Analysis on Spice Use in Indian Food

Link to Jupyter Notebook

Indian food, like most of the food from the tropical region, uses a variety of different spices. Historically, the spices are thought to have been a way to increase the shelf-life and keep pests away. Whatever be the reason they sure are indespensible to food – no matter which cuisine you’re making. Now, if you are planning to cook more Indian food lately, it would be great to know which spices would give you most bang for your buck. More so, which spices are often used together? What is the relation between each of them?

Recently I found a dataset from Kaggle which tabulated 6000+ recipes from https://www.archanaskitchen.com/. Using this data as base collection of recipes representing most of the indian food, I analyze which spices occur most freqeuntly and which spices are most connected to each other.

  • Dataset for Indian recipe: This dataset 6000+ recipe scrapped from: Dataset

The dataset from the Kaggle csv has entries as follows: df_first

Some entries in the TranslatedIngredients have non-english entries. To filter those out I made the following function:

def filter_english(string):
    try:
        string.encode('utf-8').decode('ascii')
        out = True
    except UnicodeDecodeError: 
        out = False
    return out

Next for consistent tabulation I needed a list of spices to look for. Wikipedia has a page on Indian spices which lists various spices used in Indian cuisin (Link). I use this list to search names of spices in the recipe entries.

One more step is editing the spices so that my string counter can find different versions of the same spice.

spices_list = spices_list.str.replace('amchoor', 'amchur/amchoor/mango extract') \
                    .replace('asafoetida', 'asafetida/asafoetida/hing') \
                    .replace('thymol/carom seed', 'ajwain/thymol/carom seed') \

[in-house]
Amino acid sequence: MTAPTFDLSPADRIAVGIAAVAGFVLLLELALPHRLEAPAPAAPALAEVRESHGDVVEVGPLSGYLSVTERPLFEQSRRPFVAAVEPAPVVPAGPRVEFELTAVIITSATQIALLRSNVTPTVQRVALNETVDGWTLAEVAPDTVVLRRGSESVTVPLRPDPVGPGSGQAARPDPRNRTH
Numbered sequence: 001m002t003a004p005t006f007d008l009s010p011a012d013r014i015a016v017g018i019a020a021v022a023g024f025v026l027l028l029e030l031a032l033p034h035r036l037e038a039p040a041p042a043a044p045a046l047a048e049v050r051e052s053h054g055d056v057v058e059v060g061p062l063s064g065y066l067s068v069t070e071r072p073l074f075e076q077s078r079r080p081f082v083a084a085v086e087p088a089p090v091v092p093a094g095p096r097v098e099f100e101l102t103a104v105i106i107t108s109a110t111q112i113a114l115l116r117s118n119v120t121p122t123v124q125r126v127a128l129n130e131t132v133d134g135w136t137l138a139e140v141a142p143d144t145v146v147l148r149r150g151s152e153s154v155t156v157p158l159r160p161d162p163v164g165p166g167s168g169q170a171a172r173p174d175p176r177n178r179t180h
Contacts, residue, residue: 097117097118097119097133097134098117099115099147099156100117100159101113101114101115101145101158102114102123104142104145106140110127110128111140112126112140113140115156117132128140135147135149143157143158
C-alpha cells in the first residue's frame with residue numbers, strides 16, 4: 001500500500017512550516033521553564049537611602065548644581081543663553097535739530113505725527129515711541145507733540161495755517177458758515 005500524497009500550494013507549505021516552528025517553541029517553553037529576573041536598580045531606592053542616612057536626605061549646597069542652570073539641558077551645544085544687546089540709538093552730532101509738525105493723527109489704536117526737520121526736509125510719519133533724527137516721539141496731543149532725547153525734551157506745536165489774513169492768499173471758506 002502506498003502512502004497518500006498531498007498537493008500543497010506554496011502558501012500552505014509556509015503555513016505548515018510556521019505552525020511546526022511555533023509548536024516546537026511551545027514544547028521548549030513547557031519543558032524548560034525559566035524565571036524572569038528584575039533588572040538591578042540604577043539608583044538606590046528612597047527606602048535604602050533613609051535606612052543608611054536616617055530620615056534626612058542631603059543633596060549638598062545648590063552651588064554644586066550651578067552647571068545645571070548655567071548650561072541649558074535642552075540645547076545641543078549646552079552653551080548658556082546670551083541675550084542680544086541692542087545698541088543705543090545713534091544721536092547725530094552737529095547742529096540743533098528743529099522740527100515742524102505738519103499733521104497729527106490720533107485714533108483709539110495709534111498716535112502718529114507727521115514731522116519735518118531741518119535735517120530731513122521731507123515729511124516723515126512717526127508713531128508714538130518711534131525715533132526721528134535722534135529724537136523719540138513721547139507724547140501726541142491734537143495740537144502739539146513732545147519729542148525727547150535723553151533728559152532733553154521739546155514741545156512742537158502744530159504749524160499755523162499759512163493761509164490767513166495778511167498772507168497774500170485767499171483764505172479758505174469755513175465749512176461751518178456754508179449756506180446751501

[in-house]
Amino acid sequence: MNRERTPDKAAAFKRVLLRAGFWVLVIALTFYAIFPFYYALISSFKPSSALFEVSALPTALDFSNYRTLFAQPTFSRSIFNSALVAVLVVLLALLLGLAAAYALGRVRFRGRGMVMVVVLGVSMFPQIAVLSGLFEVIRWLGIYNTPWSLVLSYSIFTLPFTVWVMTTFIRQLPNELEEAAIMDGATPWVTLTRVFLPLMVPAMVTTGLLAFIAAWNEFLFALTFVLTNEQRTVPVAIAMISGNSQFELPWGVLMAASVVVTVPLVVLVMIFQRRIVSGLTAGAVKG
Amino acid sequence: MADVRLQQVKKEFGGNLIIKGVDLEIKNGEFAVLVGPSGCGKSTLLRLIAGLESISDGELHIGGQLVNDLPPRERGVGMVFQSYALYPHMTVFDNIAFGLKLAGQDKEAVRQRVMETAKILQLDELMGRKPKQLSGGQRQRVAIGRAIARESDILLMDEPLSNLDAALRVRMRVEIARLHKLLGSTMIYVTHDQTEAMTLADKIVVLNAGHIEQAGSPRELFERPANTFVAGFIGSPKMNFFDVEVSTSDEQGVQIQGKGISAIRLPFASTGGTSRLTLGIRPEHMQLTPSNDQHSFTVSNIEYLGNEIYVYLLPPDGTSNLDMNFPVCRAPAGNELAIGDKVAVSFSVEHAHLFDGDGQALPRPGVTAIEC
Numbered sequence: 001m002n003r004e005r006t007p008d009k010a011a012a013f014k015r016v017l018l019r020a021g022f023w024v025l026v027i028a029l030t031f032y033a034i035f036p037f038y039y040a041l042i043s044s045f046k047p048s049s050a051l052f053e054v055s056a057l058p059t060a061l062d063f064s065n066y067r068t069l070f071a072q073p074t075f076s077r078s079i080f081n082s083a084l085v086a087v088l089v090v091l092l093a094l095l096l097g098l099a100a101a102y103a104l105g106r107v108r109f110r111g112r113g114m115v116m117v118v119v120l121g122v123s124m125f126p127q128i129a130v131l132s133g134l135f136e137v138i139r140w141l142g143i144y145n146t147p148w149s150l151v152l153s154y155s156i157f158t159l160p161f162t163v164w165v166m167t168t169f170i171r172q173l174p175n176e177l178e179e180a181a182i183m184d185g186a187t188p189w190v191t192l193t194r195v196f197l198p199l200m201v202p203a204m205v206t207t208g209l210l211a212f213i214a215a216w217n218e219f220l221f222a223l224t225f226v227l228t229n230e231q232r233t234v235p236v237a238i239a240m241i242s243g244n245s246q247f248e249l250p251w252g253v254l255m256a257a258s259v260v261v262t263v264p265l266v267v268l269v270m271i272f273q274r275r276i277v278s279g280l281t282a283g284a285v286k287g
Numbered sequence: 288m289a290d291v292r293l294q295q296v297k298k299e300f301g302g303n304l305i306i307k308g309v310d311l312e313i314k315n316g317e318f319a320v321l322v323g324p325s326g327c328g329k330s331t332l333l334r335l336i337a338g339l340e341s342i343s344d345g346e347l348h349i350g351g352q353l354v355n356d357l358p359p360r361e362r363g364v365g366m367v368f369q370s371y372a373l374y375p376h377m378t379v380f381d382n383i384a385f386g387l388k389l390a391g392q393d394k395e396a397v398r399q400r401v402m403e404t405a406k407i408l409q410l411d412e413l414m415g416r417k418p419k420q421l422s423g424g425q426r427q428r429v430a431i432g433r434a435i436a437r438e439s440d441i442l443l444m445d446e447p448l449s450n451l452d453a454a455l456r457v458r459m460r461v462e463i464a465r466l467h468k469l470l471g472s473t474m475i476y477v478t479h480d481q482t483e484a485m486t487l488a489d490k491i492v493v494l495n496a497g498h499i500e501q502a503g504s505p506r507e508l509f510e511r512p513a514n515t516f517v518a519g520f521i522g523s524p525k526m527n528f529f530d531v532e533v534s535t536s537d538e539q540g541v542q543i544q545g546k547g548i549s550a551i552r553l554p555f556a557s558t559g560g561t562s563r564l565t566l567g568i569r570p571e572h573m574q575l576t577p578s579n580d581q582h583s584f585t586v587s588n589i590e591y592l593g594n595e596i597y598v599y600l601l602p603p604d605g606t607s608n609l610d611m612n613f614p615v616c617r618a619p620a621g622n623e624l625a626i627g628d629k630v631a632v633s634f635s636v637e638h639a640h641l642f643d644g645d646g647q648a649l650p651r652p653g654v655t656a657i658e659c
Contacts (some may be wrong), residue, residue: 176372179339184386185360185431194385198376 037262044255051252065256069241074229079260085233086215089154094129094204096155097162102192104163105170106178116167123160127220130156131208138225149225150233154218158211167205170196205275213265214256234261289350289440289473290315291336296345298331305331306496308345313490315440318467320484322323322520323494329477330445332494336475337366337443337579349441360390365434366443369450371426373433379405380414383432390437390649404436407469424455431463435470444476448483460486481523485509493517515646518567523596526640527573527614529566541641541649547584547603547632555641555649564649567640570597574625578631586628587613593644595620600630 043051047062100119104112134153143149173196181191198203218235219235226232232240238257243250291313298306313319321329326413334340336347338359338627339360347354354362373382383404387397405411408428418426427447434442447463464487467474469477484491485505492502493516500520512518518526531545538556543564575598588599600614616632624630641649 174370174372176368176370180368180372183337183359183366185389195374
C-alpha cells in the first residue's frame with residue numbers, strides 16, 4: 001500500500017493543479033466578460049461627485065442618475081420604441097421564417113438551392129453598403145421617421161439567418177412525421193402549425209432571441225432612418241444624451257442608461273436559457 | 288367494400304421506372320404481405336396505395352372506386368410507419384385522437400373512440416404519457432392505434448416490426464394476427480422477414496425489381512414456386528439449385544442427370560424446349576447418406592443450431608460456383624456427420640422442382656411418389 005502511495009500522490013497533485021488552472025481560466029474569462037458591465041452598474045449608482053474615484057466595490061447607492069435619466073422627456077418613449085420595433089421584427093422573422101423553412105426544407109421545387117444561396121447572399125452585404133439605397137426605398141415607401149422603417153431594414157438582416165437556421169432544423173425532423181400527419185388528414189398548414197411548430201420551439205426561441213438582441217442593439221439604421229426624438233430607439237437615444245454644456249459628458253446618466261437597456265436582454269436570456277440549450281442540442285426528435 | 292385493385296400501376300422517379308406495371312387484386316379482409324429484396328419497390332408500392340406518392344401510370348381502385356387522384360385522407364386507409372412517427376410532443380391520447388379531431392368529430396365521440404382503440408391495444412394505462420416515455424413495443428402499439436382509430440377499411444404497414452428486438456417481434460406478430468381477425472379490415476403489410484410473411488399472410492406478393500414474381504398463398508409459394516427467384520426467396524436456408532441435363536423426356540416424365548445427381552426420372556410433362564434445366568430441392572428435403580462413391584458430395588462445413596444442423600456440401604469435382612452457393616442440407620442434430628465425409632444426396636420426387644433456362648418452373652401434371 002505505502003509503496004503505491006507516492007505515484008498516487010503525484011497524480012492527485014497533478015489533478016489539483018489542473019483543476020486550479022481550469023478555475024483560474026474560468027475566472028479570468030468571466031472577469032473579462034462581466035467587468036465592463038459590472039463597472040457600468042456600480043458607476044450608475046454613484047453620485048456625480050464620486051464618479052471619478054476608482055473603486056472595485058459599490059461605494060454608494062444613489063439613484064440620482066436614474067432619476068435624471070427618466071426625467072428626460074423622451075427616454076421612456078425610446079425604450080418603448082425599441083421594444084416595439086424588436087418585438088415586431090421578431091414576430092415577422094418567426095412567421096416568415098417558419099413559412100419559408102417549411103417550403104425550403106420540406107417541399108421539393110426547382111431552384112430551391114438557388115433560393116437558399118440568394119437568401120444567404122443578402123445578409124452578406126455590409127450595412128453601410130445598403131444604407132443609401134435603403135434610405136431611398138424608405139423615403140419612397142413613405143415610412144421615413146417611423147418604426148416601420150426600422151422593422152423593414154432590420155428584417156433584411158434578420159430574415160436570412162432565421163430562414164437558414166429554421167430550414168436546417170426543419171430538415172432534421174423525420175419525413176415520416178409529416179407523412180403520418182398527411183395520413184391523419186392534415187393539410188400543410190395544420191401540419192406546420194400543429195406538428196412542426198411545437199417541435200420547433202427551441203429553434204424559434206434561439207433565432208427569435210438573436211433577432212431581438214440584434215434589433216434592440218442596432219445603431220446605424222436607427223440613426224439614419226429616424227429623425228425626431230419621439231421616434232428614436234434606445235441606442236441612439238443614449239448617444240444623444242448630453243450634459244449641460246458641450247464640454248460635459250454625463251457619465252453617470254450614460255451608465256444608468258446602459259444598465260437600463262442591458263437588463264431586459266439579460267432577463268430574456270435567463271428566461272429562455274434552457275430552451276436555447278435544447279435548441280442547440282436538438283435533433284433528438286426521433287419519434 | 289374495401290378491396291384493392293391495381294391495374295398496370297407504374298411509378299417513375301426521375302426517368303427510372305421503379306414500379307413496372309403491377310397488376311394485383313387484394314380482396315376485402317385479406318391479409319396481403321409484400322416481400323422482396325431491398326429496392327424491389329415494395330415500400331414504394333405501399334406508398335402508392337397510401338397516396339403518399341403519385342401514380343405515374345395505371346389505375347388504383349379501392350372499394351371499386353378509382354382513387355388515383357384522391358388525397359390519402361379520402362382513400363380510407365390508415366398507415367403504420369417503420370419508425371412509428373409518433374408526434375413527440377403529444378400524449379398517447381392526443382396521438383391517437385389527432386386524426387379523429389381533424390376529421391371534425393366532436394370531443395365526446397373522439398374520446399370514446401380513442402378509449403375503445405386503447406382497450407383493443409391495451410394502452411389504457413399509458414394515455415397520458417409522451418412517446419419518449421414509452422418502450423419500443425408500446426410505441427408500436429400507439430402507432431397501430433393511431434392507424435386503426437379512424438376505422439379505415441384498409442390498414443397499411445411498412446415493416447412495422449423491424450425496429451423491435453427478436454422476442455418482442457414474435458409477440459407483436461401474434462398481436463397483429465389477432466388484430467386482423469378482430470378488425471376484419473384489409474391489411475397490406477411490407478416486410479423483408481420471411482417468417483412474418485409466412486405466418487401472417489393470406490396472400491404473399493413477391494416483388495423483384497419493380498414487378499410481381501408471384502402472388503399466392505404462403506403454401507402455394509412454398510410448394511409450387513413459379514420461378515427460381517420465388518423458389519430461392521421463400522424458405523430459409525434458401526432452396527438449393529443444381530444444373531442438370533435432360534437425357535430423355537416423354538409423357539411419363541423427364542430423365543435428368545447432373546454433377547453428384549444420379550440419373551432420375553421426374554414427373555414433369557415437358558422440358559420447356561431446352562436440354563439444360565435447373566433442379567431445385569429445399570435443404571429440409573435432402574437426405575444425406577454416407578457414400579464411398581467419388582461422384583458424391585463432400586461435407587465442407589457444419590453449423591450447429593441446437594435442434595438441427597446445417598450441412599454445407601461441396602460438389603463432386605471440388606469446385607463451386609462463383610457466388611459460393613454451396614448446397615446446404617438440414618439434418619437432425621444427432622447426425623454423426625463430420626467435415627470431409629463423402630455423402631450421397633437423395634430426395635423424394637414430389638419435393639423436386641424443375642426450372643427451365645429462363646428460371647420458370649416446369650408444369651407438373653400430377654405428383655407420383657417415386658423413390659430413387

.replace('alkanet root', 'alkanet/alkanet root') \
                    .replace('chilli powder', 'red chilli powder/chilli powder/kashmiri red chilli powder') \
                    .replace('celery / radhuni seed', 'celery/radhuni seed') \
                    .replace('bay leaf, indian bay leaf', 'bay leaf/bay leaves/tej patta') \
                    .replace('curry tree or sweet neem leaf', 'curry leaf/curry leaves') \
                    .replace('fenugreek leaf', 'fenugreek/kasoori methi') \
                    .replace('nigella seed', 'nigella/black cumin') \
                    .replace('ginger', 'dried ginger/ginger powder') \
                    .replace('cloves', 'cloves/laung') \
                    .replace('green cardamom', 'cardamom/green cardamom/black cardamom')\
                    .replace('indian gooseberry', 'indian gooseberry/amla')\
                    .replace('coriander seed', 'coriander seed/coriander powder')\
                    .replace('cumin seed', 'cumin powder/cumin seeds/cumin/jeera')

For every food entries I consider the TranslatedIngredient column: df_translate

I used regular expression to search for spice names in the entries

import re 

def search_spice(ingredient_string, spice_string):
    spice_list = spice_string.split('/')
    for _spice in spice_list:
        if re.search(_spice.lower(), ingredient_string.lower()):
            return True
            break
food_spice_mix[spices_list.to_list()] = 42 
for row, values in food_spice_mix.iterrows():